BLOOMINGTON, Ind. – Indiana University Bloomington will celebrate the launch of the new School of Art and Design and rededicate the school’s new office, classroom and studio space in Kirkwood Hall next week.
“The establishment of the School of Art and Design reflects the vital importance of innovative design and visual inquiry as essential components of successful product development and of economic competitiveness, as well as contributing to a vigorous and creative visual arts culture,” IU President Michael A. McRobbie said.
“The school will play a central role in fulfilling some of the key goals of the university’s Bicentennial Strategic Plan, specifically its commitments to developing contemporary programs that are relevant to student career success and to the development of a culture of building and making on the Bloomington campus, which will contribute to the building of a prosperous and innovative Indiana.
“In this context the university is delighted that the school will be adding to these strengths in a major way by establishing a new program in architecture. It is also fitting that this school, the latest of eight new schools the university has formed, should be located in a newly renovated home in Kirkwood Hall, a building that exemplifies the great history and tradition of Indiana University.”
At the ceremony, McRobbie will award the President’s Medal to two of the school’s most distinguished emeriti faculty – Barry Gealt and Jeffrey A. Wolin. This medal is given to recognize excellence and extraordinary achievement and merit.
Gealt, a member of the painting and drawing faculty from 1969 to 2007, built an unparalleled reputation for figure works and later for landscapes. Much of his work focuses on the natural environment in Indiana. A collection of his landscapes was recently exhibited at the IU Eskenazi Museum of Art.
Wolin was the Ruth N. Halls Professor of Photography until his retirement in 2015-16. His publications include “Written in Memory: Portraits of the Holocaust”; “Inconvenient Stories: Vietnam War Veterans”; and “Pigeon Hill: Then and Now.” All were accompanied by major exhibitions.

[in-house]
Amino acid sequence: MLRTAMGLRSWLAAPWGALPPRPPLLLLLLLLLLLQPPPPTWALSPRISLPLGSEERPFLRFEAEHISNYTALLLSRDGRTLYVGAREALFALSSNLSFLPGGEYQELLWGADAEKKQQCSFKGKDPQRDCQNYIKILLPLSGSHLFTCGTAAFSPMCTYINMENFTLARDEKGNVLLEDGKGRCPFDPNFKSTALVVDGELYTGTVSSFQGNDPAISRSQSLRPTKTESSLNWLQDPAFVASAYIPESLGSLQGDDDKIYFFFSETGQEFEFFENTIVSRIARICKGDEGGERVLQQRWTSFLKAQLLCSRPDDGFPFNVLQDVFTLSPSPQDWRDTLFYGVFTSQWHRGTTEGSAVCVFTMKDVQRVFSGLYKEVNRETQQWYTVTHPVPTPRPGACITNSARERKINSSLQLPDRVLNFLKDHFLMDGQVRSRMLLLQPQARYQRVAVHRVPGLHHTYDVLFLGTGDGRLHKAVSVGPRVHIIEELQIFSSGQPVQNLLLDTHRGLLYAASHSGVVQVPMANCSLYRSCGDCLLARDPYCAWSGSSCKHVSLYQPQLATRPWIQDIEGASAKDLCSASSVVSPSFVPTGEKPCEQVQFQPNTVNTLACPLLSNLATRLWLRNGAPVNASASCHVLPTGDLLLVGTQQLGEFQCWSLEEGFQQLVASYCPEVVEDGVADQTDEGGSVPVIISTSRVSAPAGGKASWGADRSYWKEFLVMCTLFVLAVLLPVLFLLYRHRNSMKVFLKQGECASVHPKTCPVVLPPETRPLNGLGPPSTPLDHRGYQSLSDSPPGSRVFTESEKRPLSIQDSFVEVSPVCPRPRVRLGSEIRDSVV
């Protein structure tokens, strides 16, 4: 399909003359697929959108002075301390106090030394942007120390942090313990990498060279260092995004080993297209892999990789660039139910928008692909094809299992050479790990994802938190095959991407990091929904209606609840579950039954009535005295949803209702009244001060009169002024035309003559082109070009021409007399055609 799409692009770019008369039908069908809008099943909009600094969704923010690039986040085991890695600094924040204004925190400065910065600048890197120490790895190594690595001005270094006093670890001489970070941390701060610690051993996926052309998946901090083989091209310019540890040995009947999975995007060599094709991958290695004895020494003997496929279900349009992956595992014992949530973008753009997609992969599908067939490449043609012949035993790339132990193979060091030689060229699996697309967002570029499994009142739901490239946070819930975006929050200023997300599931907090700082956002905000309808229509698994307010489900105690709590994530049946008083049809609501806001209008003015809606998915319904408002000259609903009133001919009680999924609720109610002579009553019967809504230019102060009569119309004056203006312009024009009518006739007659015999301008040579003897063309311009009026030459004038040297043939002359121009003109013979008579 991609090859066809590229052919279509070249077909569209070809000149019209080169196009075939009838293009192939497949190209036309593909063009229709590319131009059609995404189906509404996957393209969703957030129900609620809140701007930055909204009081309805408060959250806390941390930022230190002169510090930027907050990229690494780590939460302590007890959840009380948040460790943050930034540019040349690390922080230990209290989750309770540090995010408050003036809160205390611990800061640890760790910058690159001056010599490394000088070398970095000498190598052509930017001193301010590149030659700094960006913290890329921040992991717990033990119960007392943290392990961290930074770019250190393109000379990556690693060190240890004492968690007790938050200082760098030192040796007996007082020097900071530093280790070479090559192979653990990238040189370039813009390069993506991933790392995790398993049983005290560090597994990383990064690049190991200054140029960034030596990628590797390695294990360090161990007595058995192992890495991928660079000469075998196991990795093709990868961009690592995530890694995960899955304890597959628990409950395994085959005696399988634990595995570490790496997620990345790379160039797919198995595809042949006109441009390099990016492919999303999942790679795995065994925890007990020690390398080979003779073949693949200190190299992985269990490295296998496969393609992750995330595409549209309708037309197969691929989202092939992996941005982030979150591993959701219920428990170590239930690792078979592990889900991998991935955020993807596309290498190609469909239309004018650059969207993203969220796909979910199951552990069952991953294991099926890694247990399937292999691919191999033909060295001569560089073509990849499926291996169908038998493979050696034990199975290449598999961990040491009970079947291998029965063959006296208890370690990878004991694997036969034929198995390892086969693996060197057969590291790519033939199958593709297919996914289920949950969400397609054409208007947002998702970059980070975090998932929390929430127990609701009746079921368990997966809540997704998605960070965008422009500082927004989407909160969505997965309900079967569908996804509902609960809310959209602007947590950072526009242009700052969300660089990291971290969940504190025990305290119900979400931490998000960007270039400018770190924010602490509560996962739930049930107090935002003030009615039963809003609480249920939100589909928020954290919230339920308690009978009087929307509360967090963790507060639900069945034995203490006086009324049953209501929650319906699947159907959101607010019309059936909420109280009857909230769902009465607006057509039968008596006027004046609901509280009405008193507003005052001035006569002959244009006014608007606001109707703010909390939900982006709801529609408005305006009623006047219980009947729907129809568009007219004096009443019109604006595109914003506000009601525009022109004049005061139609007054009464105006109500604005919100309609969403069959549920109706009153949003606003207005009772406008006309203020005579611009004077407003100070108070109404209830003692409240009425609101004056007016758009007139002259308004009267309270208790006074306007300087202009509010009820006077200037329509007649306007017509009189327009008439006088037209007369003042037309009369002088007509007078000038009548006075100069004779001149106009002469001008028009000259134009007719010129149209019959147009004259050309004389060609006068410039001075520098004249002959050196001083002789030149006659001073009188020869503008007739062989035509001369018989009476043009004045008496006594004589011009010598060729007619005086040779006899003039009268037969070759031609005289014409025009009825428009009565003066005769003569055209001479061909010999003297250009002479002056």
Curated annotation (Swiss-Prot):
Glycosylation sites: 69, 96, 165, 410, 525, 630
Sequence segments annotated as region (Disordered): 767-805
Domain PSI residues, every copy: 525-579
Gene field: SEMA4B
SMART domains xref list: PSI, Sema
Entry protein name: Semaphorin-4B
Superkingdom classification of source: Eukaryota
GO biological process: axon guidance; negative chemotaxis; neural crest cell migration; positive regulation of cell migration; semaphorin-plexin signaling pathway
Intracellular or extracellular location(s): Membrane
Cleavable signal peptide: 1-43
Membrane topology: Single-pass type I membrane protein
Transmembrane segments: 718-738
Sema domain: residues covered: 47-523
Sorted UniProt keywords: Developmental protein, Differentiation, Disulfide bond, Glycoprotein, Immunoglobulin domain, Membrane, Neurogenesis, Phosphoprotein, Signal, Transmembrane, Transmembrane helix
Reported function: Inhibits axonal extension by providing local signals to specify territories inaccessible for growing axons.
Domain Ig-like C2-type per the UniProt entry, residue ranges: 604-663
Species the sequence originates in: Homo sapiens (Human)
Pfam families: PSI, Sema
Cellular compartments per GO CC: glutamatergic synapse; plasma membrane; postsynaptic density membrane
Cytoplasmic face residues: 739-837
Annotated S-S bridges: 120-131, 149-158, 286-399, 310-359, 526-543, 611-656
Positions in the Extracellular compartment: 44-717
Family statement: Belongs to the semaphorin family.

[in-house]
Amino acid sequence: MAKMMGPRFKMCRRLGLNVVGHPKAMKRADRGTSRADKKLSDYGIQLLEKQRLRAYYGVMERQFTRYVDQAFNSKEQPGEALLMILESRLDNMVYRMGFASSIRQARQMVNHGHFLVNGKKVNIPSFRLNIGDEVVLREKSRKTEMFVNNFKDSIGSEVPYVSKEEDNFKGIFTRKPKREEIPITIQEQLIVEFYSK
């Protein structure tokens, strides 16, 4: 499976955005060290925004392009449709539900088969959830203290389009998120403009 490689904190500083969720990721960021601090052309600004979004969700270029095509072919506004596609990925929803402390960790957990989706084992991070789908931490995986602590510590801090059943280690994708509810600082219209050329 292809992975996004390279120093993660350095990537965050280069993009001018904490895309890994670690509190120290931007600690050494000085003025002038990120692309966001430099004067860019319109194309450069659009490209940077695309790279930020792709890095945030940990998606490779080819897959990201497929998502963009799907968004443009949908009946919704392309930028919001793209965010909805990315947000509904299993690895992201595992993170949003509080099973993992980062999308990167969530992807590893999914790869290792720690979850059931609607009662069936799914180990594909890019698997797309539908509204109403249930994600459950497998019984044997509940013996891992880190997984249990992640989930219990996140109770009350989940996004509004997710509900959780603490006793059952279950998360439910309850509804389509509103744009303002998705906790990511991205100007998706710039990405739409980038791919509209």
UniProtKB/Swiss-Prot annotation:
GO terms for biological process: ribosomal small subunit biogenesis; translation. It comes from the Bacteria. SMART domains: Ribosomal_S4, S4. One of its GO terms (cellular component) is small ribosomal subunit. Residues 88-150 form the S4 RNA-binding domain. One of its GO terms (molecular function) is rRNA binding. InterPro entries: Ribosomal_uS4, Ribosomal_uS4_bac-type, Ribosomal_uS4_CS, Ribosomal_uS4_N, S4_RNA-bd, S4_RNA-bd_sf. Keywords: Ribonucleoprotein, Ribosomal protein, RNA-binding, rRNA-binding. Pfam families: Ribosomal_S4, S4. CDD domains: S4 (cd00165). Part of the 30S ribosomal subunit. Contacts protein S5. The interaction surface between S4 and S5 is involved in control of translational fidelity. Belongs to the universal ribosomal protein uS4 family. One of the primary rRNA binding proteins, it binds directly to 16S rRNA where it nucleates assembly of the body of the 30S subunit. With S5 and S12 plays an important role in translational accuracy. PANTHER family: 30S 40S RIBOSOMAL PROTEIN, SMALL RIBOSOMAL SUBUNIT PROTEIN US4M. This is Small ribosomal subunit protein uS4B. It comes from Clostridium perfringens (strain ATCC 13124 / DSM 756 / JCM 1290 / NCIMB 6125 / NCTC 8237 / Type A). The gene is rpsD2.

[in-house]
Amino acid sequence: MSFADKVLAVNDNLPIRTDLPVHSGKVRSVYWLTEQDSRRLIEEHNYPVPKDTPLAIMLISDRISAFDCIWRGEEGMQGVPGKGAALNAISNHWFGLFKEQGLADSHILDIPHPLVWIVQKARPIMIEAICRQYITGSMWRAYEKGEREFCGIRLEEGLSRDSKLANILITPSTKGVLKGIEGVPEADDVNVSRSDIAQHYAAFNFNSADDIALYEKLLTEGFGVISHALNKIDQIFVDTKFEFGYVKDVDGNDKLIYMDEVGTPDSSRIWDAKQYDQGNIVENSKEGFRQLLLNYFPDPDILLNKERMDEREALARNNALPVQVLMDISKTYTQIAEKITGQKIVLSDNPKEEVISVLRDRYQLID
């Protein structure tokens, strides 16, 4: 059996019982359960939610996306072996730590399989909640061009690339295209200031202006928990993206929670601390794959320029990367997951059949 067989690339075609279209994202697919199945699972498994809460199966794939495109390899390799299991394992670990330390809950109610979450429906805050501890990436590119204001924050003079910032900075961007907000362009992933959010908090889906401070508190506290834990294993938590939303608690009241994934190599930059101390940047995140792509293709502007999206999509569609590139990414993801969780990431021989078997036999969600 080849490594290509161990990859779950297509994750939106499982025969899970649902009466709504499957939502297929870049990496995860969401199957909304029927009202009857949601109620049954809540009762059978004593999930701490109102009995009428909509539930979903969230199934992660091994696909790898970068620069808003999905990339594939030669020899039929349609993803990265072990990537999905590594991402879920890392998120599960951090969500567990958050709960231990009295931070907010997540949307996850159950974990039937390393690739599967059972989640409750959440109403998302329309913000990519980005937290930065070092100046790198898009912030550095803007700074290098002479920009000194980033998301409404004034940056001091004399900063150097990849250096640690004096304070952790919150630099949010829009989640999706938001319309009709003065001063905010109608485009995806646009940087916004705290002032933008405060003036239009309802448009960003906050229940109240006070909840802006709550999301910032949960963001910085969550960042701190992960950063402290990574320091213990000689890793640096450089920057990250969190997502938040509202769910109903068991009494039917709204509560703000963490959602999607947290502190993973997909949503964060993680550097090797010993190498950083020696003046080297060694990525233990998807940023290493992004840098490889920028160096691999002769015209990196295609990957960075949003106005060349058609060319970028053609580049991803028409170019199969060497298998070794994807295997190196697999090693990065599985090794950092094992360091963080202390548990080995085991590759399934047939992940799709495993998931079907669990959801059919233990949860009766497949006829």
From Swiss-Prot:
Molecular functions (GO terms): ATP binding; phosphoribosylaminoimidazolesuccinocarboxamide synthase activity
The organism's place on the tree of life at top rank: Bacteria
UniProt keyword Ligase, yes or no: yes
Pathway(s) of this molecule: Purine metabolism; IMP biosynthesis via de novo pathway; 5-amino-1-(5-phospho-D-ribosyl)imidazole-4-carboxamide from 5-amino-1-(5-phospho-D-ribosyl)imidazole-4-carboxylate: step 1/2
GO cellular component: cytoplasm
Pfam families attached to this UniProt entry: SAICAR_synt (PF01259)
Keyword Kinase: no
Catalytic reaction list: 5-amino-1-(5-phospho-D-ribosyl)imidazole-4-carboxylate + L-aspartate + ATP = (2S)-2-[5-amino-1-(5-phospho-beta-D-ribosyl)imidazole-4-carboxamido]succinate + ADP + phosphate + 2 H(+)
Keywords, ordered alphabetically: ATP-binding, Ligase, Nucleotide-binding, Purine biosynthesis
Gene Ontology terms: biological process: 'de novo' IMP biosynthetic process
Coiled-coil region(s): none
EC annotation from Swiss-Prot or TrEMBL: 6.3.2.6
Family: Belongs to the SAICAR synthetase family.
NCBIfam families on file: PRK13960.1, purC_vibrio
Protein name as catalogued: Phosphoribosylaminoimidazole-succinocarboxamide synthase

The School of Art and Design was established in 2016 with a merger of the Department of Studio Art and the Department of Apparel Merchandising and Interior Design. Part of the College of Arts and Sciences, it brings together strong programs in a technology-rich environment that encourages collaborative learning. In addition to programs in various art and design disciplines, the school will offer a Master of Architecture program beginning in the fall of 2018. The program will have its primary focus in Columbus, Indiana, an internationally recognized center for architecture.
“The School of Art and Design builds on historic strengths of the Bloomington campus to offer students exciting new academic and career paths,” IU Bloomington Provost and Executive Vice President Lauren Robel said. “The recently renovated Kirkwood Hall in the historic Old Crescent section of campus is a wonderful home for the school’s faculty and students, and we look forward to the outstanding work they will do there for many years to come.”
“I can assure you that we will be encouraging the imaginative, innovative spirit that brought the school into existence,” said Peg Faimon, founding dean of the School of Art and Design. “I am going to dedicate myself to welcoming fresh ideas from all sides: not only from faculty but from students, alumni and residents of our state and from our artistic, design and merchandising colleagues around the nation and beyond.”
The school’s dean’s suite and apparel merchandising, interior design and fashion design offices moved to Kirkwood Hall in October 2016. The Fine Arts Building remains the main home for various studio arts disciplines. A new complex for ceramics, printmaking, painting and sculpture will be developed at 13th Street and Woodlawn Avenue.
“The School of Art and Design is fortunate to be the new steward of Kirkwood Hall, a building with such rich history,” Faimon said. “It has been a site for engagement and opportunity since the late 1800s. The design of the renovated building, with glass walls and open studios, allows for beautiful natural light to flood the space – perfect for creativity and design activities.”
Kirkwood Hall, completed in 1895, is one of the oldest buildings on campus. The renovation includes reconfigured interior walls, new windows and updated utilities that bring the building to 21st-century standards. Along with offices and classrooms, the building now includes space to display student art and collaborative work space.
In addition to the ceremony and reception, April 7 events will include an MFA students’ thesis show opening, McCalla School sculpture park tour and McKinney Visiting Artist Series lecture by Los Angeles multimedia artist Sandow Birk.